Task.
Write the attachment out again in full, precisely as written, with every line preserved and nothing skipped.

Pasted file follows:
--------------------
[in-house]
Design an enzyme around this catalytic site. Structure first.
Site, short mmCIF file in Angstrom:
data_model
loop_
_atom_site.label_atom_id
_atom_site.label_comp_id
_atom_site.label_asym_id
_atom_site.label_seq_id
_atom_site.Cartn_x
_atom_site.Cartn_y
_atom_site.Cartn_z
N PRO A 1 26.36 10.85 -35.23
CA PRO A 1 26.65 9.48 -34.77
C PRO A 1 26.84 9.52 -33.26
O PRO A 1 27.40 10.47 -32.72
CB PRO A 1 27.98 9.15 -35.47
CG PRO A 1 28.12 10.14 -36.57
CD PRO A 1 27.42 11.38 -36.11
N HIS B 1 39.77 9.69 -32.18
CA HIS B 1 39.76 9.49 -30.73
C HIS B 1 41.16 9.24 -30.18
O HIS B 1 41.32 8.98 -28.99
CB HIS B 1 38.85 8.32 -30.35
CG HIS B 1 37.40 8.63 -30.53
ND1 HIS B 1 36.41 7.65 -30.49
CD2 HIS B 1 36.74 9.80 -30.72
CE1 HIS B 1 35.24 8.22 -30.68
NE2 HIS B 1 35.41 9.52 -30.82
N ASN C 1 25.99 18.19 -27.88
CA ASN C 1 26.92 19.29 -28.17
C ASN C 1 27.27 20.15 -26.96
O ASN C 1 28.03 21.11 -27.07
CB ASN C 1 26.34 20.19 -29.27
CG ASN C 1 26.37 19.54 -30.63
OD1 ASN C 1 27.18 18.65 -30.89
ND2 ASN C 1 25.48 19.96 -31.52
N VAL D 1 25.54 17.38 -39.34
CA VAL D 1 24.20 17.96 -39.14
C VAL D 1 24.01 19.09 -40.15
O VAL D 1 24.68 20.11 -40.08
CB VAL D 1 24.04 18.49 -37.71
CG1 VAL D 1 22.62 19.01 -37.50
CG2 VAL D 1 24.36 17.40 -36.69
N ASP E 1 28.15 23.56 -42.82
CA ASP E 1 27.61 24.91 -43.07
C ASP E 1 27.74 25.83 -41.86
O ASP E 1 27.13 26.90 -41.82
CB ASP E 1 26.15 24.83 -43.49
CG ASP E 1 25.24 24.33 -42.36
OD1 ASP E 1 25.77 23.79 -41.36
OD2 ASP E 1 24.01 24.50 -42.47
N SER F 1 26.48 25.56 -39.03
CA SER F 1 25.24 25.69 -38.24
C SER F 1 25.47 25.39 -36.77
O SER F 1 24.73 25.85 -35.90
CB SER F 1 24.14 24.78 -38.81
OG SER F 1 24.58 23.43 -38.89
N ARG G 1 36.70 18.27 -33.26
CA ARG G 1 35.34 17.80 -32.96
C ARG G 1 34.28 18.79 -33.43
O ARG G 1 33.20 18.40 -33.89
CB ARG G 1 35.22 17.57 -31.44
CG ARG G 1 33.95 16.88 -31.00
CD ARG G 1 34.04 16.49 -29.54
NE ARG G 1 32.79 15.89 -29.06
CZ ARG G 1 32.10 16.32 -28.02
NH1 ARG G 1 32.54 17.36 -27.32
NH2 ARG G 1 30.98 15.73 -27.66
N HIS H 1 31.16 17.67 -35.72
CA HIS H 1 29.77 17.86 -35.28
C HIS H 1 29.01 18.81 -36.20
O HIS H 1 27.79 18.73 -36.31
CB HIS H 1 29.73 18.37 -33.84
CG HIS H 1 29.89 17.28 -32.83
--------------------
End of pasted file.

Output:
[in-house]
Design an enzyme around this catalytic site. Structure first.
Site, short mmCIF file in Angstrom:
data_model
loop_
_atom_site.label_atom_id
_atom_site.label_comp_id
_atom_site.label_asym_id
_atom_site.label_seq_id
_atom_site.Cartn_x
_atom_site.Cartn_y
_atom_site.Cartn_z
N PRO A 1 26.36 10.85 -35.23
CA PRO A 1 26.65 9.48 -34.77
C PRO A 1 26.84 9.52 -33.26
O PRO A 1 27.40 10.47 -32.72
CB PRO A 1 27.98 9.15 -35.47
CG PRO A 1 28.12 10.14 -36.57
CD PRO A 1 27.42 11.38 -36.11
N HIS B 1 39.77 9.69 -32.18
CA HIS B 1 39.76 9.49 -30.73
C HIS B 1 41.16 9.24 -30.18
O HIS B 1 41.32 8.98 -28.99
CB HIS B 1 38.85 8.32 -30.35
CG HIS B 1 37.40 8.63 -30.53
ND1 HIS B 1 36.41 7.65 -30.49
CD2 HIS B 1 36.74 9.80 -30.72
CE1 HIS B 1 35.24 8.22 -30.68
NE2 HIS B 1 35.41 9.52 -30.82
N ASN C 1 25.99 18.19 -27.88
CA ASN C 1 26.92 19.29 -28.17
C ASN C 1 27.27 20.15 -26.96
O ASN C 1 28.03 21.11 -27.07
CB ASN C 1 26.34 20.19 -29.27
CG ASN C 1 26.37 19.54 -30.63
OD1 ASN C 1 27.18 18.65 -30.89
ND2 ASN C 1 25.48 19.96 -31.52
N VAL D 1 25.54 17.38 -39.34
CA VAL D 1 24.20 17.96 -39.14
C VAL D 1 24.01 19.09 -40.15
O VAL D 1 24.68 20.11 -40.08
CB VAL D 1 24.04 18.49 -37.71
CG1 VAL D 1 22.62 19.01 -37.50
CG2 VAL D 1 24.36 17.40 -36.69
N ASP E 1 28.15 23.56 -42.82
CA ASP E 1 27.61 24.91 -43.07
C ASP E 1 27.74 25.83 -41.86
O ASP E 1 27.13 26.90 -41.82
CB ASP E 1 26.15 24.83 -43.49
CG ASP E 1 25.24 24.33 -42.36
OD1 ASP E 1 25.77 23.79 -41.36
OD2 ASP E 1 24.01 24.50 -42.47
N SER F 1 26.48 25.56 -39.03
CA SER F 1 25.24 25.69 -38.24
C SER F 1 25.47 25.39 -36.77
O SER F 1 24.73 25.85 -35.90
CB SER F 1 24.14 24.78 -38.81
OG SER F 1 24.58 23.43 -38.89
N ARG G 1 36.70 18.27 -33.26
CA ARG G 1 35.34 17.80 -32.96
C ARG G 1 34.28 18.79 -33.43
O ARG G 1 33.20 18.40 -33.89
CB ARG G 1 35.22 17.57 -31.44
CG ARG G 1 33.95 16.88 -31.00
CD ARG G 1 34.04 16.49 -29.54
NE ARG G 1 32.79 15.89 -29.06
CZ ARG G 1 32.10 16.32 -28.02
NH1 ARG G 1 32.54 17.36 -27.32
NH2 ARG G 1 30.98 15.73 -27.66
N HIS H 1 31.16 17.67 -35.72
CA HIS H 1 29.77 17.86 -35.28
C HIS H 1 29.01 18.81 -36.20
O HIS H 1 27.79 18.73 -36.31
CB HIS H 1 29.73 18.37 -33.84
CG HIS H 1 29.89 17.28 -32.83